He was following tradition. Every rabbi had disciples, students who would listen to the rabbi teach and prepare for the time they would instruct and lead others. If Jesus was going to be a rabbi or prophet, it would be expected of him to train disciples.
Beyond this, though, I believe Jesus chose disciples because he valued and needed companionship. All his adult life had been lived in Nazareth where he was surrounded by family and friends.
Leaving home to become an itinerant preacher would require much traveling. Most days he would be on the road going to see people in their hometowns, and often he would be gone for days and weeks at a time.
He needed companions on this divine mission who would support him, listen to him, give him feedback and offer wise counsel and advice. The disciples became those traveling companions, a band of brothers whose lives were forever intertwined.
If Jesus needed other people in his life, how much more do we? Healthy relationships are a vital part of every balanced and productive individual.
At the same time, relationships are messy. Jesus found this to be true.
These twelve disciples tested his patience and resolve on many occasions. From time to time, Jesus had to respond to their impatience, outbursts, complaints, selfish requests and cowardly actions.
I am confident Jesus was not surprised by their occasional poor behavior. He knew human nature, and he knew people with even the best intentions can disrupt relationships and put them in peril.
I believe we are aware of this, too. We know the steadiest relationships can slide off the tracks. This is because people are truly a combination of the good, the bad and the ugly and so are their relationships.
We make promises we don’t always keep. We brag about things we cannot do. We let others down when they need us most. We abandon people depending upon us in their darkest hours. We embarrass and humiliate those closest to us in front of other family members or friends.
We lose our temper and say or do hurtful things. We spike an attitude that creates confusion and deflates the spirits of those around us. We transfer our anger to innocent victims. We lie to people to cover up our transgressions.
As much as we would like to think the time will come when our family resembles our friends on Facebook who post pictures of the one minute during the week when they quit fussing or fighting, it never will. Our selfishness gets in the way.
This is why all relationships are filled with great hopes, big dreams and huge disappointments. Both our greatest joys and most painful sorrows are connected to the people around us. Our experiences with them bring out the best and worst in us.
So yes, even the healthiest relationships can be messy at times.
In spite of this, relationships are resilient and repairable. Peter discovered this around a charcoal fire on the edge of the Sea of Galilee.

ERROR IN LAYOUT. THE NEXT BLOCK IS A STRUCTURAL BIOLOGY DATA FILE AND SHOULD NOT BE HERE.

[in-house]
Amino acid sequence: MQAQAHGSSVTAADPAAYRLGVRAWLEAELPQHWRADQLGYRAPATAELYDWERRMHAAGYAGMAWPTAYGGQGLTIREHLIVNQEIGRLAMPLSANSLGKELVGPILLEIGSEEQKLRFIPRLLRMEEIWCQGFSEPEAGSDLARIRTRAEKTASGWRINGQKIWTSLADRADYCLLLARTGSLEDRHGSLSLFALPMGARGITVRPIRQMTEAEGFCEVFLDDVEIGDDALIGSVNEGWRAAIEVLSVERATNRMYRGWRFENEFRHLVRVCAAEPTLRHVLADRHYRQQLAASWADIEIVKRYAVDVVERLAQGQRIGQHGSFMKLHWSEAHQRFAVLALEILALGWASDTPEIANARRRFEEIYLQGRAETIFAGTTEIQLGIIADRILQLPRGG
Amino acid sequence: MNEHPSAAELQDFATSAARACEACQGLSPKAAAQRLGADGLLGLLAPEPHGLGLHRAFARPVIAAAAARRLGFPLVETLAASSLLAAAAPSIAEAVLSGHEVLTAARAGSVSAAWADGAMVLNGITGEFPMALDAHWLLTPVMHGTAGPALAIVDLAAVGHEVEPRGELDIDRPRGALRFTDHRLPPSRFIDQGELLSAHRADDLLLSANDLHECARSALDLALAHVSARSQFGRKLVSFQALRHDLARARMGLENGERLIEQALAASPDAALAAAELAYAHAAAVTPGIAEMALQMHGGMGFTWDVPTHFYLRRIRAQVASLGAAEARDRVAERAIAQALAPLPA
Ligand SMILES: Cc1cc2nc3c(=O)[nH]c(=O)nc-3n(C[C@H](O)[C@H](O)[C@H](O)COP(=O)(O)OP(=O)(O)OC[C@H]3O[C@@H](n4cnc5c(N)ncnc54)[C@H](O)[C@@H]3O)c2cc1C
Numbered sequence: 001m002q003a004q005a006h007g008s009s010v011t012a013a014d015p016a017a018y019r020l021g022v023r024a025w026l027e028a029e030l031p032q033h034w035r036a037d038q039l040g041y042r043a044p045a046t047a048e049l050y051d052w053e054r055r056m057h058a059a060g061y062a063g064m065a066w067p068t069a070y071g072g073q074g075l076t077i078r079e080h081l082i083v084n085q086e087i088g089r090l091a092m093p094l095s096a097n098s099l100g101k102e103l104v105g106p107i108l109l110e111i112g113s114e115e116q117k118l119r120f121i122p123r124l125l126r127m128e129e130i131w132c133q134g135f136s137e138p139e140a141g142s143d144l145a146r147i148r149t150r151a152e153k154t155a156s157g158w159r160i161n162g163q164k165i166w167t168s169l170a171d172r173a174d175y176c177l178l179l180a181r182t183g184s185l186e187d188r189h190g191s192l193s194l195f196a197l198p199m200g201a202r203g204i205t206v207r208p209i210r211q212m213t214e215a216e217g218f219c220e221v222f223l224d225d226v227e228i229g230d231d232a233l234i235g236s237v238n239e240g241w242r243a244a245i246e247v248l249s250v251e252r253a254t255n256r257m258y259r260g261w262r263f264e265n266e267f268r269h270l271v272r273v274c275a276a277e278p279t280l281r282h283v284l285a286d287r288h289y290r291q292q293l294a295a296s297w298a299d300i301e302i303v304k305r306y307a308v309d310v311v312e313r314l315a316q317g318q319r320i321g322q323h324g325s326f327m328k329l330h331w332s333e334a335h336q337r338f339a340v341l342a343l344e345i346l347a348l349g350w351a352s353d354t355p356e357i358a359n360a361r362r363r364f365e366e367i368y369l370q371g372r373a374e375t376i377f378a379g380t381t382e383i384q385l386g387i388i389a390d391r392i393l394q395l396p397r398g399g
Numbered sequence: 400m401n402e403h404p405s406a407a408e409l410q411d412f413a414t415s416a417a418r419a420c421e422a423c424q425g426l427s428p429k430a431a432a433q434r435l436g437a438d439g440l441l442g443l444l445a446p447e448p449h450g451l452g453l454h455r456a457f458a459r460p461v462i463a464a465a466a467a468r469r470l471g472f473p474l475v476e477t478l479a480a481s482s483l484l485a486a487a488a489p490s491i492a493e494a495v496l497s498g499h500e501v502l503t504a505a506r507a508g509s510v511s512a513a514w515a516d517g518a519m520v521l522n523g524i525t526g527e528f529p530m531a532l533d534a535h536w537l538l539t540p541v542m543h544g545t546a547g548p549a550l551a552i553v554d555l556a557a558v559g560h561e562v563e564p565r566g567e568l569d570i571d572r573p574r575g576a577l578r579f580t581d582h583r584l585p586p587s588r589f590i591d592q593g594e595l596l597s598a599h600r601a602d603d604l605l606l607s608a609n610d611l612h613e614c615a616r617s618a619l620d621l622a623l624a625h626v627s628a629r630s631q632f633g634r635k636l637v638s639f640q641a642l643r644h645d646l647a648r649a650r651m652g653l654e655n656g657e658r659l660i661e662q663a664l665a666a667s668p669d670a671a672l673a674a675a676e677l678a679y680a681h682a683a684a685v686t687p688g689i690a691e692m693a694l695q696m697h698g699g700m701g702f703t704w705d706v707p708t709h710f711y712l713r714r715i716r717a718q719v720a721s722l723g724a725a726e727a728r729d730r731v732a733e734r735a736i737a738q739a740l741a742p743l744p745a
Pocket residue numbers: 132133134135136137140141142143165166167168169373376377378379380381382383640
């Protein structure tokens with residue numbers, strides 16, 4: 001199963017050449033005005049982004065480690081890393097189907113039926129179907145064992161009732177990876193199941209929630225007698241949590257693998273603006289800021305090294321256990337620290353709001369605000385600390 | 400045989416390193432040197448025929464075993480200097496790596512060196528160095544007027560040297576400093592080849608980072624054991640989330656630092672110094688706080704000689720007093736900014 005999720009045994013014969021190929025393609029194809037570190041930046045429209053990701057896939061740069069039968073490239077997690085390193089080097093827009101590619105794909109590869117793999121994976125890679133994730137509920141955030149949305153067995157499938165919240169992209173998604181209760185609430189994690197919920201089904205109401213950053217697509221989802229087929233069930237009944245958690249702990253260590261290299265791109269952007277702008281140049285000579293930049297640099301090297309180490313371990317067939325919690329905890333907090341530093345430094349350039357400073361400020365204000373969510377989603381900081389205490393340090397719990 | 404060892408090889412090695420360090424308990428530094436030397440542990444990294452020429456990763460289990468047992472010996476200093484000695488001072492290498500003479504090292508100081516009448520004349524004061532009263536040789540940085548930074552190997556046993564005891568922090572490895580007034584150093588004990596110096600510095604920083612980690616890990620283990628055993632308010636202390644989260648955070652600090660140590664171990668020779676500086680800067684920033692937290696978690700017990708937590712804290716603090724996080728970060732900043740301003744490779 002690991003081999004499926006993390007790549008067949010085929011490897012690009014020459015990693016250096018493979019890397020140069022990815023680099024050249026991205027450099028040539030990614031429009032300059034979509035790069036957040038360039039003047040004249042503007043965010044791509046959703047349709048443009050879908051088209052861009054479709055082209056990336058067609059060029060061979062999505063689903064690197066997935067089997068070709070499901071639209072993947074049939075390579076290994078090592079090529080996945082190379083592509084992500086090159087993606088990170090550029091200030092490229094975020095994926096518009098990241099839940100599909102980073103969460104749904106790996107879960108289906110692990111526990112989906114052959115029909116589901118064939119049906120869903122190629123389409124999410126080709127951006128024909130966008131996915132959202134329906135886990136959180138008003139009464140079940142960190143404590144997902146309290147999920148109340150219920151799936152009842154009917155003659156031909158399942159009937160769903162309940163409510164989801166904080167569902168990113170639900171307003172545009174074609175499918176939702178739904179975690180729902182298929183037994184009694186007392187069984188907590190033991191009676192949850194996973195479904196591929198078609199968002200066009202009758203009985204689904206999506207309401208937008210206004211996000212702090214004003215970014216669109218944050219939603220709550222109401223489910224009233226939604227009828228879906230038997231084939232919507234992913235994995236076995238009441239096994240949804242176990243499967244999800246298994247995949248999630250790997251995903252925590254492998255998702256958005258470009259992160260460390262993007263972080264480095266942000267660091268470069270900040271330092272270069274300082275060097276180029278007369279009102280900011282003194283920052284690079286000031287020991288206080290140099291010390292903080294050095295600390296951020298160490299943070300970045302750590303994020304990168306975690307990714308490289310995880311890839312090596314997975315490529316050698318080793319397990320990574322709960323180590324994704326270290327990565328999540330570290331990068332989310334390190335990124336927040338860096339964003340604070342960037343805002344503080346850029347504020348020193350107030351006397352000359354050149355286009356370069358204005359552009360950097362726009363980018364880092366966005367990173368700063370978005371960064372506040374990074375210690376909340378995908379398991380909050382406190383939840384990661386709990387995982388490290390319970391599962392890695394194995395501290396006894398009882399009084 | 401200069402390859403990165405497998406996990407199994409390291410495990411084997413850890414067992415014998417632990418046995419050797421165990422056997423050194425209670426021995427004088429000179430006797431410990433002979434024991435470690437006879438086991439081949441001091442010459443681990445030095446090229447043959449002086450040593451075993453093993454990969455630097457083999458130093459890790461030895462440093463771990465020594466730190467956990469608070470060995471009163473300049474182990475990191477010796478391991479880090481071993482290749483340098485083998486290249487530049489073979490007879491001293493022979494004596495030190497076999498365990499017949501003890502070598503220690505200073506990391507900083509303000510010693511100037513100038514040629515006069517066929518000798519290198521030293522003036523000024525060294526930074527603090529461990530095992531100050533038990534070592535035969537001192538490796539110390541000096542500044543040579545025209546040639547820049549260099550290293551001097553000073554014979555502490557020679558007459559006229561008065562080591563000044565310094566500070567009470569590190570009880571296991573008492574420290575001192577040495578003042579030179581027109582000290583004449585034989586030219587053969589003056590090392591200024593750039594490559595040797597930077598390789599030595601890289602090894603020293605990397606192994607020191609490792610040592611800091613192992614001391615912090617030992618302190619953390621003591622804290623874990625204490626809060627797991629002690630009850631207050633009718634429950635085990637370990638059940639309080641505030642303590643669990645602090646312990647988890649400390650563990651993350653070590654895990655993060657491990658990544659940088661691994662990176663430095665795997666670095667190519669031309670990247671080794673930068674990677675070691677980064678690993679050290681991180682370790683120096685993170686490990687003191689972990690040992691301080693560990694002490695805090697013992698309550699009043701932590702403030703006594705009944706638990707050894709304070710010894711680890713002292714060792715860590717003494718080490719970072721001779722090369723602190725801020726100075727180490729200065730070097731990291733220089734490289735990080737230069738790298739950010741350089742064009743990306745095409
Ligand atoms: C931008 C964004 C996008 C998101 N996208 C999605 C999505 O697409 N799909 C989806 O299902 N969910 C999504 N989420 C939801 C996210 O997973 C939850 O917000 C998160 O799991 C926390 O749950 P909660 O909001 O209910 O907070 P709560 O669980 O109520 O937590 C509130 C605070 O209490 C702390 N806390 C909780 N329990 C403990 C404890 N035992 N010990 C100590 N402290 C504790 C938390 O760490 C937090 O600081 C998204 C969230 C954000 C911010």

That morning, Peter discovered there was something more powerful than broken dreams, disappointments and bad memories, and this was love, the kind Jesus referred to in his dialogue with Peter.
Jesus’ love for Peter was similar to God’s love for the world. It was willing to do the difficult. It was willing to make sacrifices. It was willing to put another’s needs above one’s own. It was willing to take the initiative to repair a broken relationship and to chart a new way forward.
What Jesus’ love for Peter was unwilling to do that morning was to walk away from this disciple who let him down without trying to repair and to restore the relationship both valued. This was unconscionable to Jesus.
No relationship was disposable. No person was dispensable. No damage was beyond repair because God’s love flowing through them was this powerful and transformational.
Who needs you to love them the way Jesus loved Peter? Who needs you to love them unconditionally? Who needs you to reach out to them and to offer a new path forward that leads to hope and healing?
Can you find it in your heart to do for someone in your family or among your friends what Jesus did for Peter? I know it is not easy, but I also know all of us have had others who have done this for us. We have messed up our share of relationships and needed someone to intervene on our behalf to help us restore them.
We could all rewrite portions of our lives, couldn’t we? Where would we be if others had not given us more chances?
What I love about the gospel is that it is profoundly hopeful. There are no dead ends on the road of faith. With God’s help all things, especially relationships, can be made better if the Holy Spirit is invited to lead, guide and empower everyone.
Remember what I said in my Easter message a couple of weeks ago? Easter is about starting over when you thought all hope was gone.
This is as true today as it was Easter. It will be just as true tomorrow and the next day.
It is up to us to decide if we want to try again to repair a broken relationship, whether we are the one who has been hurt or the one who is guilty of hurting others.
I know what Jesus wants us to do.
I know what God will help us to do.
I know what Peter would encourage us to do.